Capitol Reef National Park (pics), located just east of Torrey, UT, is 100 miles long but fairly narrow, running roughly north and south. Most of the park has very limited accessibility. The primary feature of the park is a long up-thrust called the Waterpocket Fold, about 75 miles long and 65 million years old. It is a warp with older and newer layers of earth folded over each other in an S shape.
The name, “Capitol Reef” refers to a series of white sandstone domes which resemble the top of the US Capitol building. The term “reef” refers to any barrier to travel, in this case parallel, impassable ridges.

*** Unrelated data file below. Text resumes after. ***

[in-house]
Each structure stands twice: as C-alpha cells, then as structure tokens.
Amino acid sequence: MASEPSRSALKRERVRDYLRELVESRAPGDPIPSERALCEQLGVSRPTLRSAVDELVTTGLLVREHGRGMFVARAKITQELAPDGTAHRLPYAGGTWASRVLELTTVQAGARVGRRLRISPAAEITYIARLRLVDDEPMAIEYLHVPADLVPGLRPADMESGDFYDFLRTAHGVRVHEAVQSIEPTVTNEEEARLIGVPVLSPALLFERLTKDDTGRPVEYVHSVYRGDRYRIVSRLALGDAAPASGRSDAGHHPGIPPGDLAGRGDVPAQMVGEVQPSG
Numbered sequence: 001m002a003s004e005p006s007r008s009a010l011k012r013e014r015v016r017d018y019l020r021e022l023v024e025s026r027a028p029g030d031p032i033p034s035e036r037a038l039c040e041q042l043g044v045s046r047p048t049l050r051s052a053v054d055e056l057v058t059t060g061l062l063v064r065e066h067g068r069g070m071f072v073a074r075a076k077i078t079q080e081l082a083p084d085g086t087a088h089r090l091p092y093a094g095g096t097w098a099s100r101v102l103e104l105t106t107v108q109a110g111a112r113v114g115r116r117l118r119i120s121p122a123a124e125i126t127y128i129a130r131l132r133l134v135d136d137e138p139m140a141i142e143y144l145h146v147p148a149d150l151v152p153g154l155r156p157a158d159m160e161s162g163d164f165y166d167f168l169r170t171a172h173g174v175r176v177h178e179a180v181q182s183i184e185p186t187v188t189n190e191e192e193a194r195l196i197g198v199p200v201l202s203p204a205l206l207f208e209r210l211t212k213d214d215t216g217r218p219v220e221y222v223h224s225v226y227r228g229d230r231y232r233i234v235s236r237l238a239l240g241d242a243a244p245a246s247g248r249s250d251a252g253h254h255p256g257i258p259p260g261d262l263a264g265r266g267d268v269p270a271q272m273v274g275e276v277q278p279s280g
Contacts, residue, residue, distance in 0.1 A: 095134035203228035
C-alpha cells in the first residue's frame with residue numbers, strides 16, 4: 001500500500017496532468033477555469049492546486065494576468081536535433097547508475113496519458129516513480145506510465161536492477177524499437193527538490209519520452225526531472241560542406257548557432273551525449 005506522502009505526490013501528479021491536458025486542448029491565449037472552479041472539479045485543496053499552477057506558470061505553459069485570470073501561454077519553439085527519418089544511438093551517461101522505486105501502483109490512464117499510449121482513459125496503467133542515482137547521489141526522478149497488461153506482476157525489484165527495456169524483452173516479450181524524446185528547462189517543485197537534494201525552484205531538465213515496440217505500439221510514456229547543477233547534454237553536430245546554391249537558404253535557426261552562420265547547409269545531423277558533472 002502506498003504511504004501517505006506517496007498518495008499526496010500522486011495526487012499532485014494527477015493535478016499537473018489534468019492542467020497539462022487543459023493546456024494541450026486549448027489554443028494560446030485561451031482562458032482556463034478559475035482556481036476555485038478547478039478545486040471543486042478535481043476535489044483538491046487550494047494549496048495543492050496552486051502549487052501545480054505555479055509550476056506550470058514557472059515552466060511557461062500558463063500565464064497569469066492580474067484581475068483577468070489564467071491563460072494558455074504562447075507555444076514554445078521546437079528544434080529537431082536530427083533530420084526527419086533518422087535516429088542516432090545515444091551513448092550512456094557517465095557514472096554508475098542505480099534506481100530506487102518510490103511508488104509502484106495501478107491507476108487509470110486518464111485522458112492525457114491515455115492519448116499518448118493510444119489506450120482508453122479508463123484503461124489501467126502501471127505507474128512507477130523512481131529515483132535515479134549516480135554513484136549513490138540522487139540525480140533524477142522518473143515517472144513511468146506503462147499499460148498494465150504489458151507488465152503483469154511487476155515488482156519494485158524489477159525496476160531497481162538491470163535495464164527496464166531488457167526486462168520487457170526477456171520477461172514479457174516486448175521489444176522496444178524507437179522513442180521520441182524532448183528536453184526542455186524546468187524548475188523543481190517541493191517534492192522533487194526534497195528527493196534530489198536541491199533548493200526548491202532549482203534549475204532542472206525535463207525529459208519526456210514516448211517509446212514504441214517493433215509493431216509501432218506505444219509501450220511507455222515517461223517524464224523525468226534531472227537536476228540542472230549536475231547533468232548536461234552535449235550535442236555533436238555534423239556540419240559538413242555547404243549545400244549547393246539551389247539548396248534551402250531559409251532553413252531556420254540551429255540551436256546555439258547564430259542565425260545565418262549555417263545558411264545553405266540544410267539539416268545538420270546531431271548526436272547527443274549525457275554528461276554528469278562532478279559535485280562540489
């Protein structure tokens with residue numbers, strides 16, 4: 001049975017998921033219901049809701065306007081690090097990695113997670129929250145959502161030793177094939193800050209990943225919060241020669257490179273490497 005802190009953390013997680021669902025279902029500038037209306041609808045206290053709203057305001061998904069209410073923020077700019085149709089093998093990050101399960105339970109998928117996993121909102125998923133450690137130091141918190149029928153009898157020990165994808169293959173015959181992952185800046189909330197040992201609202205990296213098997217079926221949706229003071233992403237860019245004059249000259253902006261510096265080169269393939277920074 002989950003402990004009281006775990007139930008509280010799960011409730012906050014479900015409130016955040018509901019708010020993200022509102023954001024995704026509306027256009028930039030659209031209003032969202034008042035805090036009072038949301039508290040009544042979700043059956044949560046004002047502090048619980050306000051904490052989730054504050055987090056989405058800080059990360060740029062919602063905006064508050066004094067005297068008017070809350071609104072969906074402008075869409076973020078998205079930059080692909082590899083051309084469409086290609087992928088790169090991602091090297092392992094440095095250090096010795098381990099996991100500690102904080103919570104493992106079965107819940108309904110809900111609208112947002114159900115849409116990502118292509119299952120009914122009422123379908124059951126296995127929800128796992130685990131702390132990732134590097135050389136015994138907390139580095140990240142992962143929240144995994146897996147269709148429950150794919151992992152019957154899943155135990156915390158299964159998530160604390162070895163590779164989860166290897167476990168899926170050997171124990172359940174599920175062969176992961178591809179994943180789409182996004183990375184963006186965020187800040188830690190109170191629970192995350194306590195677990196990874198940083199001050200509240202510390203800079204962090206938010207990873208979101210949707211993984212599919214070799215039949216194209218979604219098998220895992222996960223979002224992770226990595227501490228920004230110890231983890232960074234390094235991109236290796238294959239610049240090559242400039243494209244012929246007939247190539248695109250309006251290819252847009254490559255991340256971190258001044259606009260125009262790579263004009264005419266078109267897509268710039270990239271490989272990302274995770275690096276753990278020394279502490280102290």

A scenic drive allows easy exploration for a few miles south into the park and to hike through the Capitol Gorge. We also hiked to the Hickman Natural Bridge and to Goosenecks Point. There is also an historic area inside the park called “Fruita” where Mormons established a settlement in the Freemont River Valley in the 1880’s. Many of the original structures and fruit trees planted by the early settlers have been preserved.
Next stop: Escalante, UT